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During a keynote at Mobile World Congress 2017, the CEO and founder of a well-known technology and multimedia company received only one question from the audience: “What will the future look like in the next 10 years?”

The audience was used to hearing from other technology futurists attempting to predict the future and describing the impact of new business models, artificial intelligence, augmented/virtual reality, Internet of Things, smart cities, connected cars and intuitive networks to name a few.  

However, this person surprised the audience when he said, “I really don’t know.” After a deep silence, he continued to say that what he did know was that they were going to remain agile and flexible, with an attitude toward change that will enable them to adapt to future scenarios.   

In today’s enterprise environments, there is no doubt that indoor mobility is playing a key role. From the user’s perspective, reliable wireless connectivity is expected in every area of the building, no matter the technology. From the building owner’s perspective, mobility represents a significant impact to the business in terms of property value, differentiation, tenant retention, employee productivity and other areas.  

Existing wireless technologies are evolving. New technologies are being developed and are looking to have a place in the rich enterprise environment. Wi-Fi continues to evolve beyond 802.11ac with the upcoming 802.11ax, further increasing the efficiency and throughput per user.

That’s why the copper cabling that connects access points to switches must support not only higher backbone speeds but also higher power delivery. DAS has evolved to better serve buildings and enterprises, like ION-E that uses a compact head-end and all-digital fronthaul to enable it to operate over structured cabling. Small cells have evolved in the form of C-RAN small cells like OneCell, where multiple distributed radio nodes are connected to a centralized baseband unit using structured cabling systems.

CLICK TO TWEETExisting wireless technologies are evolving, and copper is at the heart of it.

In order to support both existing and future technologies, natural questions arise among IT managers and owners:  

  • Which wireless technologies are going to be dominant in the enterprise space in the coming years?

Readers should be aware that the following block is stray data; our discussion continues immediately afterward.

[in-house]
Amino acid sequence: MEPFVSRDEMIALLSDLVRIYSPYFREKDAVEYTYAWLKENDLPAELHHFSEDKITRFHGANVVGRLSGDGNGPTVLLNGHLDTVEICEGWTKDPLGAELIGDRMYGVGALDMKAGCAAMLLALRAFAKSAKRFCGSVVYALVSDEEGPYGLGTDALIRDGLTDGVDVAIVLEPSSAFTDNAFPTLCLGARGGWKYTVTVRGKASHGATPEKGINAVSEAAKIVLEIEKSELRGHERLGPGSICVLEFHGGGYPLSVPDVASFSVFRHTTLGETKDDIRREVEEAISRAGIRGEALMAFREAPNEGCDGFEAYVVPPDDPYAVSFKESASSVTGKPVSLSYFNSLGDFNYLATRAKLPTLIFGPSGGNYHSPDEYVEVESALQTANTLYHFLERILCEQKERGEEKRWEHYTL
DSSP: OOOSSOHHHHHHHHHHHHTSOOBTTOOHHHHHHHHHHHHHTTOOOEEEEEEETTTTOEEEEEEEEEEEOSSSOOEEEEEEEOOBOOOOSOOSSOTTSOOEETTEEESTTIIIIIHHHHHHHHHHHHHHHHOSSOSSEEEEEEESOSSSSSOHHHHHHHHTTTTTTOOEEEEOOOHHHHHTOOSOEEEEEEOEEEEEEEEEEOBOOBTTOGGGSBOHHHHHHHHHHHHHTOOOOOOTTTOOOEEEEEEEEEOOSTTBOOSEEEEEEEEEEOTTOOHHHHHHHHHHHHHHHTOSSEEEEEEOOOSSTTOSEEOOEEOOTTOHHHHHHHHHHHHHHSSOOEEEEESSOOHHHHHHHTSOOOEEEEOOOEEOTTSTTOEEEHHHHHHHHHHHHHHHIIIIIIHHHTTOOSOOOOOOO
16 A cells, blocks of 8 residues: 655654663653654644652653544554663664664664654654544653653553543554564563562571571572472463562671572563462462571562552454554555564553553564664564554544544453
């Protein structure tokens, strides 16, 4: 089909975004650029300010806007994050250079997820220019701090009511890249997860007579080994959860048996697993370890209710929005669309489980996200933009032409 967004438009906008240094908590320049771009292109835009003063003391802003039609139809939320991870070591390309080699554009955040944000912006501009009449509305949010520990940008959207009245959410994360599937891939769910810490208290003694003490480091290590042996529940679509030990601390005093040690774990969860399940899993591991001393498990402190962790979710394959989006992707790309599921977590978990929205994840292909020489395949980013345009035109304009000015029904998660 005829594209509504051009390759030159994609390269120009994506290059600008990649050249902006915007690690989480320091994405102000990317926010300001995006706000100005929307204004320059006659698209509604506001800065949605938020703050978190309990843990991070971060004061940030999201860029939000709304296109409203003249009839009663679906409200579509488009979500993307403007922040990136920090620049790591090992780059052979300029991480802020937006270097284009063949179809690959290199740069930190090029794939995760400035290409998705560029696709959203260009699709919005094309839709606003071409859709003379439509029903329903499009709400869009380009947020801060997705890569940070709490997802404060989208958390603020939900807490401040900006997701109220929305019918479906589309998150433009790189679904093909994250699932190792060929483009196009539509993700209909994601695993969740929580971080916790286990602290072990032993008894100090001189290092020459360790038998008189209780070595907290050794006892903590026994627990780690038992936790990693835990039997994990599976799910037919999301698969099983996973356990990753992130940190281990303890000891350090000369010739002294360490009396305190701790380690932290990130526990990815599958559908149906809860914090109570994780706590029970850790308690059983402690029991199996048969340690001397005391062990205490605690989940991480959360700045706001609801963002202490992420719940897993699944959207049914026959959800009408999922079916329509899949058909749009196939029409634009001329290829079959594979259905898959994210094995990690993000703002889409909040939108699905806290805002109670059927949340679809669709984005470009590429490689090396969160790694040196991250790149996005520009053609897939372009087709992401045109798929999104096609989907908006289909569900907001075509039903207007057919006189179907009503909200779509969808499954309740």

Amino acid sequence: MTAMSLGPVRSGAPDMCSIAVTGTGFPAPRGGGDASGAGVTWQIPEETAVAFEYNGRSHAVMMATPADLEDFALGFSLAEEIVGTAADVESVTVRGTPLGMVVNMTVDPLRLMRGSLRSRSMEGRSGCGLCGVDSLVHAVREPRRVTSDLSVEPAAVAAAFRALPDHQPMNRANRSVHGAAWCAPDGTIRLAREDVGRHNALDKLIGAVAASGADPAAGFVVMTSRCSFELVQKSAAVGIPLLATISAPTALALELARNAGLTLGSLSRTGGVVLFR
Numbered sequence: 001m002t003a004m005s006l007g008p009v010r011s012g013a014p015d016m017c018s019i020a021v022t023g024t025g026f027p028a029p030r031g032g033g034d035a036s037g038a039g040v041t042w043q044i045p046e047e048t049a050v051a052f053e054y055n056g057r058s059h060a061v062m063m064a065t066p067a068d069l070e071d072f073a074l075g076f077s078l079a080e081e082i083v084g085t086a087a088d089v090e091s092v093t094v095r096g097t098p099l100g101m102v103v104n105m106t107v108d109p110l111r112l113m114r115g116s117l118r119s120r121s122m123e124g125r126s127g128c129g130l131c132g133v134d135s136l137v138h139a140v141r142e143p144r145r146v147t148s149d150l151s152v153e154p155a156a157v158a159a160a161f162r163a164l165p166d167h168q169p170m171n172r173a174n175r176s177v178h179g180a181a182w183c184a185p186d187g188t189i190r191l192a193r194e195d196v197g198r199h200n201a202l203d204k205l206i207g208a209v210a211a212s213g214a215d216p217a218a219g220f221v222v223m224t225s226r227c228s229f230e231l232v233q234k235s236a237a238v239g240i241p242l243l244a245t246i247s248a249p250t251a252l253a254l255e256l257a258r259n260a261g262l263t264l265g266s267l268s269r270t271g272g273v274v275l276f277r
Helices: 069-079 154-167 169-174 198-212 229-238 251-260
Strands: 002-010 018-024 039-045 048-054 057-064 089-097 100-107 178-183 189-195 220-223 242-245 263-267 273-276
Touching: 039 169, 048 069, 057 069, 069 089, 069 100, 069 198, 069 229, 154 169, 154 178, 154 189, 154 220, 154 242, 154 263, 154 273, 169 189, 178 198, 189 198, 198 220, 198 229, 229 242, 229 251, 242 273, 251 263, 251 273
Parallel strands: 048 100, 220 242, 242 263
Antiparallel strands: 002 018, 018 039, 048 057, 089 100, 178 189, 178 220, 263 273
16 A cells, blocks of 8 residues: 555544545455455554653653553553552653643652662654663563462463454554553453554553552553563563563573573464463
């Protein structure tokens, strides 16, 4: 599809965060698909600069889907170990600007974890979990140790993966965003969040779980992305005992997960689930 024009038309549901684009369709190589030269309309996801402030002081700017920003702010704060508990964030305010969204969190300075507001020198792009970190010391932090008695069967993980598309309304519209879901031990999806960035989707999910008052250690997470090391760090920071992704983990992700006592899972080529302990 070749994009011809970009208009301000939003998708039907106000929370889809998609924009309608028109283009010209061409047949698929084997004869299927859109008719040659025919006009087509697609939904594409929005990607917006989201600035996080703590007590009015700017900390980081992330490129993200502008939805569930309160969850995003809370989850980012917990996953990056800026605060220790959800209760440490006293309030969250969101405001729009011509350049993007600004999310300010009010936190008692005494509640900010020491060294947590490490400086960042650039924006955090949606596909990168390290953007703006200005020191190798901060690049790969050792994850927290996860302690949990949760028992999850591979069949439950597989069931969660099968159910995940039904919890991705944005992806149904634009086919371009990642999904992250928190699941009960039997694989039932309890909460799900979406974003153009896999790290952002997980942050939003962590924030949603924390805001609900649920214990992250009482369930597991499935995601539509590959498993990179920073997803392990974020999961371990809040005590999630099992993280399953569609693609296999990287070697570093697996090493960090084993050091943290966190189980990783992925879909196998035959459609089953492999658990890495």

• How are licensed and unlicensed technologies going to coexist in the future?
  • Is there any approach that can be deployed today and be flexible enough to support wireless technologies now and in the future with minimum interruption to office operations?

The wireless technologies described above are enabling mobility by using standard copper IT infrastructure to deliver data and power. Because of that, an integrated approach is the recommended architecture to support wireless and other applications for buildings.

The Universal Connectivity Grid is a common connectivity platform that provides infrastructure efficiencies from the design phase to the operations phase of a building. Product and installation efficiencies can be identified at the design phase and realized at the installation phase by addressing common media and pathway requirements. Maximum operational efficiency can be realized by deploying a grid-based layout with distribution boxes to improve administration and minimize the cost and disruption when providing additional services or space reconfigurations. Category 6A cabling provides high bandwidth and remote powering capabilities to support legacy and emerging building applications, and provides the foundation for state-of-the-art buildings.  

The bottom line is this: while a known future is uncertain, we’re certainly ready for it. CommScope has the capability and knowledge to get others ready for it, too. How are you preparing?

About the Author

Juan Pablo Compagnucci

Juan Pablo Compagnucci leads the enterprise in-building wireless market development initiative globally for CommScope. Previously, he served as solution architect for CommScope’s Intelligent Buildings team in the Caribbean and Latin America region. Before that, he worked as a technical manager for CommScope in different countries within CALA. JP has 12 years of experience in the networking and telecommunications industry. Prior to joining CommScope, he worked as a wireless application engineer and RF consultant for two global wireless telecommunications vendors. He started his career as a professor of statistics and probability. JP holds a telecommunications engineering degree from the IUA Institute in Cordoba, Argentina.

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